France’s highest court on Thursday upheld the government’s ban on students in public schools from wearing the abaya, a long, robe-like garment often worn by Muslim women, in a decision that rights groups warn will lead to more discrimination.
“As things stand, the judge considers that the ban on wearing these garments does not constitute a serious and manifestly illegal infringement of a fundamental freedom,” the court said in a press release published online.
The ban has its legal foundation in a law passed in 2004 forbidding the wearing of “conspicuous” religious symbols in French schools.
The court said the wearing of the abaya “was part of a process of religious affirmation, as shown by the comments made during discussions with students.”
The legal challenge to the ban was brought forward last Friday and arguments from both sides were heard on Tuesday. Action Droits Des Musulmans (ADM), the Muslim rights group that filed the appeal, argued that the ban infringes on “fundamental rights,” such as the right to personal freedom.
The group’s lawyer, Vincent Brengarth, told journalists before the hearing that the ban had been imposed in an “arbitrary” manner as it contains no legal definition of what an abaya looks like.
Following Thursday’s ruling, ADM said in statement the court had “not fulfilled its role of protecting the fundamental freedoms of children, guaranteeing their access to education and respect for their privacy, without any form of discrimination.”
The ADM also voiced its deep concerns “about the consequences this decision could have on young girls, who are at risk of suffering daily discrimination based on their ethnic and religious appearance, the violence of these dress interrogations and the trauma and harassment they cause, thus hindering their access to education and their success at school.”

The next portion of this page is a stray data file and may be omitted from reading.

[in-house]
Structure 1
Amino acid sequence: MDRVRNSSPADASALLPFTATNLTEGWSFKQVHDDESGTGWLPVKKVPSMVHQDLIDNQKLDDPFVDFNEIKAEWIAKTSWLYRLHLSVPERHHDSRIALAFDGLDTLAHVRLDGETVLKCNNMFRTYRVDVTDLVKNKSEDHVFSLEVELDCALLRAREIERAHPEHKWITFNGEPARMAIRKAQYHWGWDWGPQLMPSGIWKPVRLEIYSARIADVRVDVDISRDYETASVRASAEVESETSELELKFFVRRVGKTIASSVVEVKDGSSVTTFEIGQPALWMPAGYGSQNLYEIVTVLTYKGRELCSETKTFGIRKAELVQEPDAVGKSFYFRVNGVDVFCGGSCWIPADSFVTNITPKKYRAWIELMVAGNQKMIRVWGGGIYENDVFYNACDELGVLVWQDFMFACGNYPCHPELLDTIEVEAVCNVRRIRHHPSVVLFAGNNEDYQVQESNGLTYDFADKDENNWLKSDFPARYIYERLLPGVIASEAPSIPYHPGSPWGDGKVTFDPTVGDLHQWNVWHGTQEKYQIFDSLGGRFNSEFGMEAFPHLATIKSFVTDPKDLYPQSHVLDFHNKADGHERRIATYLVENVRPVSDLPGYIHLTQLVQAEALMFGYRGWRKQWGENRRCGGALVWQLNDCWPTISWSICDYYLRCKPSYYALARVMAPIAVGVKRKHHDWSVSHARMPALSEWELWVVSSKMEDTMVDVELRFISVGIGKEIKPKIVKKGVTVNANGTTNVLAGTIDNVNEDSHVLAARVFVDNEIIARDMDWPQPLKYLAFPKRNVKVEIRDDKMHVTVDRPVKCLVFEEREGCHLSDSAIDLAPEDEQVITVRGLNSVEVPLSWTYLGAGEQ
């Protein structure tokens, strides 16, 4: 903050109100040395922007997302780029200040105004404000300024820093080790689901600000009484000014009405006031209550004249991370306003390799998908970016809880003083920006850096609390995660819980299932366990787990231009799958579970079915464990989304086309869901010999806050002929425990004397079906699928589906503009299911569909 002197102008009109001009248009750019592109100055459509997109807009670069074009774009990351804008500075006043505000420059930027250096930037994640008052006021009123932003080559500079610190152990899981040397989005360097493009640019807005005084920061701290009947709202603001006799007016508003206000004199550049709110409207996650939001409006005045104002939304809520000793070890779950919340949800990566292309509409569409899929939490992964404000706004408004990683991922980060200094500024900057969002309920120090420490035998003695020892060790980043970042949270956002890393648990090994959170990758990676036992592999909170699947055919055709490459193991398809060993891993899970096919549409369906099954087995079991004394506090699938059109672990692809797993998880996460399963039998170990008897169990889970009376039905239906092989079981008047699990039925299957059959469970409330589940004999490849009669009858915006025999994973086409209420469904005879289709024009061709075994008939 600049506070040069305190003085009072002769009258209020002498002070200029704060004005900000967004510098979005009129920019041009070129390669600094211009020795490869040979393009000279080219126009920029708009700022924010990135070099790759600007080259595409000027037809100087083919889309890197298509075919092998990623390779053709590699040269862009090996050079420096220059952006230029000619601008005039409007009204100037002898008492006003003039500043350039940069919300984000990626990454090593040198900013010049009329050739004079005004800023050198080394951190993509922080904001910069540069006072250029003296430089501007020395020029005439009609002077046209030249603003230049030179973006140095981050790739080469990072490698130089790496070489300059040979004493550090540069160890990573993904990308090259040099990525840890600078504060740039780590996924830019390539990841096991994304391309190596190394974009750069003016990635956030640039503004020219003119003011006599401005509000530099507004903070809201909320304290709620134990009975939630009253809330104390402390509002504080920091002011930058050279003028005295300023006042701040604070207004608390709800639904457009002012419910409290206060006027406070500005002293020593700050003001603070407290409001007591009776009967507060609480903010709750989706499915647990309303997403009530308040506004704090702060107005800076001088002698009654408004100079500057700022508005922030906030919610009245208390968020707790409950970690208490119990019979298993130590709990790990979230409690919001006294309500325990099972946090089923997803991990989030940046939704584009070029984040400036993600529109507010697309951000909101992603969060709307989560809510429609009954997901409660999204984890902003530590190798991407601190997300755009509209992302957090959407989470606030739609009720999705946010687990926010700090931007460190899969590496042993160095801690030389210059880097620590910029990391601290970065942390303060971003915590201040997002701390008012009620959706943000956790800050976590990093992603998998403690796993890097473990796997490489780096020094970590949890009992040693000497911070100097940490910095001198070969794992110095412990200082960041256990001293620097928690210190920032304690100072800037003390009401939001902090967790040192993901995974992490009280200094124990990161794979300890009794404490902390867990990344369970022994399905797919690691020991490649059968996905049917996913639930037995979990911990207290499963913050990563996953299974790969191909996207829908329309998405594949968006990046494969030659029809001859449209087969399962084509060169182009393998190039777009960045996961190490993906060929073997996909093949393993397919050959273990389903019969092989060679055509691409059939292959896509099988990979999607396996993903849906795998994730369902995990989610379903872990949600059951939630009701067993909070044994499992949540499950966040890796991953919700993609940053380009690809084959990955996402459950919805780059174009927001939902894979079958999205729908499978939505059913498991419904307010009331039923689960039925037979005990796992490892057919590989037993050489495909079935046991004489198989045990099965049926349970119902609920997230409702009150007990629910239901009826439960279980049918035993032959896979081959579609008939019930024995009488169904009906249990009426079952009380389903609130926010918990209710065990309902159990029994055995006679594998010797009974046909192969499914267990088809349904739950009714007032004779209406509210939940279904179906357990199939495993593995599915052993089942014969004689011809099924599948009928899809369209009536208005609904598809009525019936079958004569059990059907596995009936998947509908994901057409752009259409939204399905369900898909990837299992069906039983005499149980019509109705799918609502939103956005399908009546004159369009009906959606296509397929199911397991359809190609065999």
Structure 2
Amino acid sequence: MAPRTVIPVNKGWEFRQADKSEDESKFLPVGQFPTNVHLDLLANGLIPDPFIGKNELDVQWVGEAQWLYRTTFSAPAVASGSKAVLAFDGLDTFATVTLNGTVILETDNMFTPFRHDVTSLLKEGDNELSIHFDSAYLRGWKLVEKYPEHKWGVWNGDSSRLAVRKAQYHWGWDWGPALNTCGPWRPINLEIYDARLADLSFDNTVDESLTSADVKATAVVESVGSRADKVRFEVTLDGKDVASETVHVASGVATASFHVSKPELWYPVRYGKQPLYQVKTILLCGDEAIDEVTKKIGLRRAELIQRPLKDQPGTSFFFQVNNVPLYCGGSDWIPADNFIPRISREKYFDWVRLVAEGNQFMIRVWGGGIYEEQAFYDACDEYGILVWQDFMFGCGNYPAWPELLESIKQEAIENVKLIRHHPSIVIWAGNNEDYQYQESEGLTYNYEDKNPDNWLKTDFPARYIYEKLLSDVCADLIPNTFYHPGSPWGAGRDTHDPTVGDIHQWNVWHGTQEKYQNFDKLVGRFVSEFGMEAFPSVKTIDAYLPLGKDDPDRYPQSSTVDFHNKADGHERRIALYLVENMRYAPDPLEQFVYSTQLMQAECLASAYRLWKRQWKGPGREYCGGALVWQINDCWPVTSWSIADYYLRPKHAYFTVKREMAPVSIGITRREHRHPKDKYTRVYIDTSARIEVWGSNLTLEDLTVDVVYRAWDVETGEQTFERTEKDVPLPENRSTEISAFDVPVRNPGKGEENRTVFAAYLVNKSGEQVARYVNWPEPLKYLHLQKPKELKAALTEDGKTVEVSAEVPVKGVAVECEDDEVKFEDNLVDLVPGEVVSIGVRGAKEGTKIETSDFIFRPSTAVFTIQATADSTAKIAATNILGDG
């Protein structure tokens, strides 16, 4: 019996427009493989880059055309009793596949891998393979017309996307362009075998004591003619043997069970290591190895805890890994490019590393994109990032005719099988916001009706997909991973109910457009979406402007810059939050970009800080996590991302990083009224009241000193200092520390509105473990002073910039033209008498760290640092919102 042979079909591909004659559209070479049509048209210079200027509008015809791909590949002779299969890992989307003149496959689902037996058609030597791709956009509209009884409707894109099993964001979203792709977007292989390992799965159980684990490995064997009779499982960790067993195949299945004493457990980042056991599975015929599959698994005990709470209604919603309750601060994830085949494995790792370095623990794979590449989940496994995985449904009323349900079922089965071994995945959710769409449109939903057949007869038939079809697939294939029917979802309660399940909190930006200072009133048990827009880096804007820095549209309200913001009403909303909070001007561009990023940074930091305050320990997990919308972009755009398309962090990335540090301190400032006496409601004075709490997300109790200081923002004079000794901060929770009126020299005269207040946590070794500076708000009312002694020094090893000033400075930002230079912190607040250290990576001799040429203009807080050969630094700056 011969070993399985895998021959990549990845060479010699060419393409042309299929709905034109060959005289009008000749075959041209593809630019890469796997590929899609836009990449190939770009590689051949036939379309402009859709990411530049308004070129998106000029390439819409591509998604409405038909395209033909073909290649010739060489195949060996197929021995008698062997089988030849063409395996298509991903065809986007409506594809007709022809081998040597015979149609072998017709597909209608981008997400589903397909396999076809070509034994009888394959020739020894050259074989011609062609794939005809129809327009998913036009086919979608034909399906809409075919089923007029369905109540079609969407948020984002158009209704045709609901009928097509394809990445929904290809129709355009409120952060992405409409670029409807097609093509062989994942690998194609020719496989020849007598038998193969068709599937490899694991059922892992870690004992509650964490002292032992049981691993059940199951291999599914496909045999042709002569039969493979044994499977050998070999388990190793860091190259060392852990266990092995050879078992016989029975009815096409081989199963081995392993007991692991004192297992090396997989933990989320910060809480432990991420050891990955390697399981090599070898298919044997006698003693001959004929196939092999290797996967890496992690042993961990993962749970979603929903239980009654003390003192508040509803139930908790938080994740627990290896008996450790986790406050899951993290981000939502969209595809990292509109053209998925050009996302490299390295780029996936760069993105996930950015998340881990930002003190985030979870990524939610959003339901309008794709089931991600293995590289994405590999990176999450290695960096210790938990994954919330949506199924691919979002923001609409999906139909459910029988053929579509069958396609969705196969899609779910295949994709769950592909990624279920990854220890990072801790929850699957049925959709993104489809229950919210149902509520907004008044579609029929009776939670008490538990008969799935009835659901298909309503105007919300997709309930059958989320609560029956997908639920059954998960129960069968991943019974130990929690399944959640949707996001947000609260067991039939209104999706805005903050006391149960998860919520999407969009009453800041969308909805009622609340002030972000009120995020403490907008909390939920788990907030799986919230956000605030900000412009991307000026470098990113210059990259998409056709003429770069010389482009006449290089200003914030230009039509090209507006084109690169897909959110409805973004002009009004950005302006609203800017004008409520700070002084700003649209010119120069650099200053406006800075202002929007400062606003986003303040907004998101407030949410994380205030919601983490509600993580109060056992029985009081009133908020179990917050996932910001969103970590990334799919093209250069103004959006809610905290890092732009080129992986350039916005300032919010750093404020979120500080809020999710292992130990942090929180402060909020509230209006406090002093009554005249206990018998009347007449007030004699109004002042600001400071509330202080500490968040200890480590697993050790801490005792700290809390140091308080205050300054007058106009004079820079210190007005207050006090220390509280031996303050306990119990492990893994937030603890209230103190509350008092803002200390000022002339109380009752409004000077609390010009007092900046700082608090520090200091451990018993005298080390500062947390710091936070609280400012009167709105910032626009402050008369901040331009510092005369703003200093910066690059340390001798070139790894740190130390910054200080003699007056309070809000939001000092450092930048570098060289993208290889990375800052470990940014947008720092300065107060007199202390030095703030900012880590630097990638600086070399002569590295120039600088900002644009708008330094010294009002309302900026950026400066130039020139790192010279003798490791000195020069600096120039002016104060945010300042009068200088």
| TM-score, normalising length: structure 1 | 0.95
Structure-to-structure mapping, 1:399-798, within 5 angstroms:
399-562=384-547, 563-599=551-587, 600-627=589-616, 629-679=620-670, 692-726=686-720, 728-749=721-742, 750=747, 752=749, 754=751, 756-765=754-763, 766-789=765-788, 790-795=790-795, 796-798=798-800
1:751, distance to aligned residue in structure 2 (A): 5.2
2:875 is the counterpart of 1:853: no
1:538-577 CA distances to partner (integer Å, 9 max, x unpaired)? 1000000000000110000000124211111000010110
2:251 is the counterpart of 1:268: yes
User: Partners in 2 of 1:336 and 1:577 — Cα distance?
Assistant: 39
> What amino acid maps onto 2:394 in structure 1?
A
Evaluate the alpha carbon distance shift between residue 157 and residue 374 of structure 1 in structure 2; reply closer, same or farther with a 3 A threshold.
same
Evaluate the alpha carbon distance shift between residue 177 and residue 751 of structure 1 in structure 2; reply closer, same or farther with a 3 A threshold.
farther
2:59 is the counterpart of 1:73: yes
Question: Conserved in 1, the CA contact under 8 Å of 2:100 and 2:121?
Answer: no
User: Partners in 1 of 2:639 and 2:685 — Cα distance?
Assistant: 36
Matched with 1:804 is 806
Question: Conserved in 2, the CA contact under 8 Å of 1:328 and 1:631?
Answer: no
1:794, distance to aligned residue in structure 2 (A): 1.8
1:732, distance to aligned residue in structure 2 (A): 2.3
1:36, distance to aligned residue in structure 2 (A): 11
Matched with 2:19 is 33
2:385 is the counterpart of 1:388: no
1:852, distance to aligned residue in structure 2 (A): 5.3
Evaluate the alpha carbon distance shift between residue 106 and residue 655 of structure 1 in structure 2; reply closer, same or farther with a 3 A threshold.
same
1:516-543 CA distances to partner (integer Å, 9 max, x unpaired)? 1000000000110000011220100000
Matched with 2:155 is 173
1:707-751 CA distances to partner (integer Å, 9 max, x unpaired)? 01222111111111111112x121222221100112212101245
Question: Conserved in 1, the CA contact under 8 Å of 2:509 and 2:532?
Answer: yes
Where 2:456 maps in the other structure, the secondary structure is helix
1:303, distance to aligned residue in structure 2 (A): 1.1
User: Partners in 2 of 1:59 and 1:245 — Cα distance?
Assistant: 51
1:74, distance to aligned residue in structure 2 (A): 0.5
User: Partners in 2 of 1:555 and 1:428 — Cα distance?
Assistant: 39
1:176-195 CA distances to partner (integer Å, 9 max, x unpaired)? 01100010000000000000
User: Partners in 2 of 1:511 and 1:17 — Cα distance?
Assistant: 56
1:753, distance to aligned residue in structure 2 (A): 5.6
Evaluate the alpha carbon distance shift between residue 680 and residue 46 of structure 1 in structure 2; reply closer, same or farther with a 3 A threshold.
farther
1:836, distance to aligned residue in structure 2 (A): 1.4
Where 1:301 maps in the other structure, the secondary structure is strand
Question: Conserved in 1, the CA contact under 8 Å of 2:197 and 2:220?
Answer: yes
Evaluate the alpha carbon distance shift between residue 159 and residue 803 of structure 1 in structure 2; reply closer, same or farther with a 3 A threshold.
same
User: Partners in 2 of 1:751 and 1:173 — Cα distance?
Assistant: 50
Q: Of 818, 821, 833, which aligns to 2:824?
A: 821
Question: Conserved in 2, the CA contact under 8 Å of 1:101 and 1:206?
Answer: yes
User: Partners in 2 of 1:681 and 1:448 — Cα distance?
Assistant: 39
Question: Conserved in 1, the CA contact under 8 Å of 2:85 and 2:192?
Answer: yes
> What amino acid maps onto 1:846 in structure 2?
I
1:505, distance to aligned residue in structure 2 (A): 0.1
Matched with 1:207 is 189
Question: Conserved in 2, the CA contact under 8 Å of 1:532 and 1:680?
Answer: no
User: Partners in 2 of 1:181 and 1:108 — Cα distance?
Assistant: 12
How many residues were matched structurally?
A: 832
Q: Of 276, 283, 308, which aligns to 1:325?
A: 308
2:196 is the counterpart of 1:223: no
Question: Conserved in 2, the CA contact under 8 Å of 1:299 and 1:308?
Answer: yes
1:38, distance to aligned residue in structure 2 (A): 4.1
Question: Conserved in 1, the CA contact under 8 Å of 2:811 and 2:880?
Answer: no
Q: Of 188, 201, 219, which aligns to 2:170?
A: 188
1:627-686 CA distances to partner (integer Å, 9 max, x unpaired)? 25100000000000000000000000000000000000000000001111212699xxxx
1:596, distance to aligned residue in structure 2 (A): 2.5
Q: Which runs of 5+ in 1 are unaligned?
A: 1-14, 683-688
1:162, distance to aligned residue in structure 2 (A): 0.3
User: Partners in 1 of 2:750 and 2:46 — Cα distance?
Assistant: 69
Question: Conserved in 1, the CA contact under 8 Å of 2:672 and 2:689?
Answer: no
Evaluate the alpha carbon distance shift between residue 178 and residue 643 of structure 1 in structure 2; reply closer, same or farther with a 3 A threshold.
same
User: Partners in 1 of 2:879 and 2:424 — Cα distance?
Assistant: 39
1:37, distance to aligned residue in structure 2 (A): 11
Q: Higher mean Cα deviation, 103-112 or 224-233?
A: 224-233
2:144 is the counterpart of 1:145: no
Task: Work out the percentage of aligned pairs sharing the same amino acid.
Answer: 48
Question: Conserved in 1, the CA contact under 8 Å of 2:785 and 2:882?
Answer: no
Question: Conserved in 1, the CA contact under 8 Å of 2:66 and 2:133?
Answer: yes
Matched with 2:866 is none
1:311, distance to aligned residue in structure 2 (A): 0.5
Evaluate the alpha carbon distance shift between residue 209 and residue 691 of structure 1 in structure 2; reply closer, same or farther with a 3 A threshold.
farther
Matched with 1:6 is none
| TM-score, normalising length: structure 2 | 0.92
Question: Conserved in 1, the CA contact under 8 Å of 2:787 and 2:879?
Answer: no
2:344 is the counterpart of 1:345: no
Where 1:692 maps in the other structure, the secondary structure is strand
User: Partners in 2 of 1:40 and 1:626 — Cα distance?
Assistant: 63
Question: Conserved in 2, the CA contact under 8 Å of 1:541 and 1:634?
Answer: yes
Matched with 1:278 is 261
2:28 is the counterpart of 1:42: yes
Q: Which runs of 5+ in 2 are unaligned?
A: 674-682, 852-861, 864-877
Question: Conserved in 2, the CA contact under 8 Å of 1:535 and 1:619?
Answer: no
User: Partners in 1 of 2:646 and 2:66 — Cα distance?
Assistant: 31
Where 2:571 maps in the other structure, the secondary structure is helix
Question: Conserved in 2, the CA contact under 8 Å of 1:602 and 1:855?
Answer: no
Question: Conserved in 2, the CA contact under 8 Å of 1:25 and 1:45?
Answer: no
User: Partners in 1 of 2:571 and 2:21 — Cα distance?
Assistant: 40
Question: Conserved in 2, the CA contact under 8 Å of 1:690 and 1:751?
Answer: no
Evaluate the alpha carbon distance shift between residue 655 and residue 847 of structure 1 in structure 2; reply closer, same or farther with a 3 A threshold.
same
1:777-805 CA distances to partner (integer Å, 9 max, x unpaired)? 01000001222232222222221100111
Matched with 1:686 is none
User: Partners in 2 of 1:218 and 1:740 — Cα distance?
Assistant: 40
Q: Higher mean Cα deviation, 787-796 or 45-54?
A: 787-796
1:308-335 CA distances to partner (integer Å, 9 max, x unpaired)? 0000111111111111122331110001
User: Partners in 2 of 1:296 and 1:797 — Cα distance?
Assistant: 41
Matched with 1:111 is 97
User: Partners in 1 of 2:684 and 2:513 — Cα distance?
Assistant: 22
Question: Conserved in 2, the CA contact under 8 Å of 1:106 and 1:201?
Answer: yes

French education minister Gabriel Attal, however, praised the court’s ruling, calling it “an important decision for the schools of the Republic.”
“The purpose of schools is to welcome all students, with the same rights and duties, without discrimination or stigmatization,” Attal said on X, formerly known as Twitter.
French President Emmanuel Macron previously defended the ban, which is the latest in a series of contentious restrictions in the country on clothing associated with Muslims. Macron said the ban was not “stigmatizing” anyone, but “people who push the abaya” are.
France has pursued a series of controversial bans and restrictions on items of customarily Islamic dress in recent years, which have frequently drawn the ire of Muslim countries and international rights groups.
Last year lawmakers backed a ban on wearing the hijab and other “conspicuous religious symbols” in sports competitions. The amendment was proposed by the right-wing Les Républicains party, which argued the hijab could risk the safety of athletes wearing it while playing sports.
France’s earlier ban on the niqab – full-face veils worn by some Muslim women – violated the human rights of those who wore it, the United Nations Human Rights Committee said in 2018.